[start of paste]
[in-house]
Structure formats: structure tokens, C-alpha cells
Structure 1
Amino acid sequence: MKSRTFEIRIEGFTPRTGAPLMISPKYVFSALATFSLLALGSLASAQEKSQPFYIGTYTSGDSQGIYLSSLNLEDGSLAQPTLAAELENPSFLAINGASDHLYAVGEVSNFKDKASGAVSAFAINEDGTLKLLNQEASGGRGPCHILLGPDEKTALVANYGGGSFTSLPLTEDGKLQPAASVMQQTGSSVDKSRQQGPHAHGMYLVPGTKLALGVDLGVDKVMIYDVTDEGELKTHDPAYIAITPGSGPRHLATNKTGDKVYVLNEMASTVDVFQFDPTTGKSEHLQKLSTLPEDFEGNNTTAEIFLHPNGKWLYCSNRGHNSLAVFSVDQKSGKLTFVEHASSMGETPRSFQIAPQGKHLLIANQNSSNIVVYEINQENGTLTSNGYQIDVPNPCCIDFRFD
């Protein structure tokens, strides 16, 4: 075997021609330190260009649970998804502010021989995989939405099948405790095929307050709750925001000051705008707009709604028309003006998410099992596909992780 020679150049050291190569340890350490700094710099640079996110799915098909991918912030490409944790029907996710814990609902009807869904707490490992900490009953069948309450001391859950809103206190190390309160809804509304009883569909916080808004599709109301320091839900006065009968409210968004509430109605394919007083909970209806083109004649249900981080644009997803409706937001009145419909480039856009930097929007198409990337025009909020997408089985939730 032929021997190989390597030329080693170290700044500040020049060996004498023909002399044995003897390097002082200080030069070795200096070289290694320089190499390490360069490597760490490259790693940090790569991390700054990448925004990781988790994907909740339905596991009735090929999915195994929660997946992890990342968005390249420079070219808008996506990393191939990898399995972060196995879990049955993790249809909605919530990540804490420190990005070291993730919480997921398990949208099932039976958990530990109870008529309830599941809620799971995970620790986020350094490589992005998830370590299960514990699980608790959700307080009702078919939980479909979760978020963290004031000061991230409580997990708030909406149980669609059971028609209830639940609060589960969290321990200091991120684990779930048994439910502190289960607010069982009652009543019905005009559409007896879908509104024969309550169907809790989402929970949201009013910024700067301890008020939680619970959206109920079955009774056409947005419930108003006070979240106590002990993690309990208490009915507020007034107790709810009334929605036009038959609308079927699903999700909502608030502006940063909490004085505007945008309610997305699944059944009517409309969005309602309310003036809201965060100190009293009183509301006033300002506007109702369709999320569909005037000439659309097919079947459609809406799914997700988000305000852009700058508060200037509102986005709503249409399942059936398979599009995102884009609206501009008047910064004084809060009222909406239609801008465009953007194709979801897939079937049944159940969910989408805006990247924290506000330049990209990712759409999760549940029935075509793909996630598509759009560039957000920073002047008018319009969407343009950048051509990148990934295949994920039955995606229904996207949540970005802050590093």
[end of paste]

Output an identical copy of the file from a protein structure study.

[in-house]
Structure formats: structure tokens, C-alpha cells
Structure 1
Amino acid sequence: MKSRTFEIRIEGFTPRTGAPLMISPKYVFSALATFSLLALGSLASAQEKSQPFYIGTYTSGDSQGIYLSSLNLEDGSLAQPTLAAELENPSFLAINGASDHLYAVGEVSNFKDKASGAVSAFAINEDGTLKLLNQEASGGRGPCHILLGPDEKTALVANYGGGSFTSLPLTEDGKLQPAASVMQQTGSSVDKSRQQGPHAHGMYLVPGTKLALGVDLGVDKVMIYDVTDEGELKTHDPAYIAITPGSGPRHLATNKTGDKVYVLNEMASTVDVFQFDPTTGKSEHLQKLSTLPEDFEGNNTTAEIFLHPNGKWLYCSNRGHNSLAVFSVDQKSGKLTFVEHASSMGETPRSFQIAPQGKHLLIANQNSSNIVVYEINQENGTLTSNGYQIDVPNPCCIDFRFD
């Protein structure tokens, strides 16, 4: 075997021609330190260009649970998804502010021989995989939405099948405790095929307050709750925001000051705008707009709604028309003006998410099992596909992780 020679150049050291190569340890350490700094710099640079996110799915098909991918912030490409944790029907996710814990609902009807869904707490490992900490009953069948309450001391859950809103206190190390309160809804509304009883569909916080808004599709109301320091839900006065009968409210968004509430109605394919007083909970209806083109004649249900981080644009997803409706937001009145419909480039856009930097929007198409990337025009909020997408089985939730 032929021997190989390597030329080693170290700044500040020049060996004498023909002399044995003897390097002082200080030069070795200096070289290694320089190499390490360069490597760490490259790693940090790569991390700054990448925004990781988790994907909740339905596991009735090929999915195994929660997946992890990342968005390249420079070219808008996506990393191939990898399995972060196995879990049955993790249809909605919530990540804490420190990005070291993730919480997921398990949208099932039976958990530990109870008529309830599941809620799971995970620790986020350094490589992005998830370590299960514990699980608790959700307080009702078919939980479909979760978020963290004031000061991230409580997990708030909406149980669609059971028609209830639940609060589960969290321990200091991120684990779930048994439910502190289960607010069982009652009543019905005009559409007896879908509104024969309550169907809790989402929970949201009013910024700067301890008020939680619970959206109920079955009774056409947005419930108003006070979240106590002990993690309990208490009915507020007034107790709810009334929605036009038959609308079927699903999700909502608030502006940063909490004085505007945008309610997305699944059944009517409309969005309602309310003036809201965060100190009293009183509301006033300002506007109702369709999320569909005037000439659309097919079947459609809406799914997700988000305000852009700058508060200037509102986005709503249409399942059936398979599009995102884009609206501009008047910064004084809060009222909406239609801008465009953007194709979801897939079937049944159940969910989408805006990247924290506000330049990209990712759409999760549940029935075509793909996630598509759009560039957000920073002047008018319009969407343009950048051509990148990934295949994920039955995606229904996207949540970005802050590093």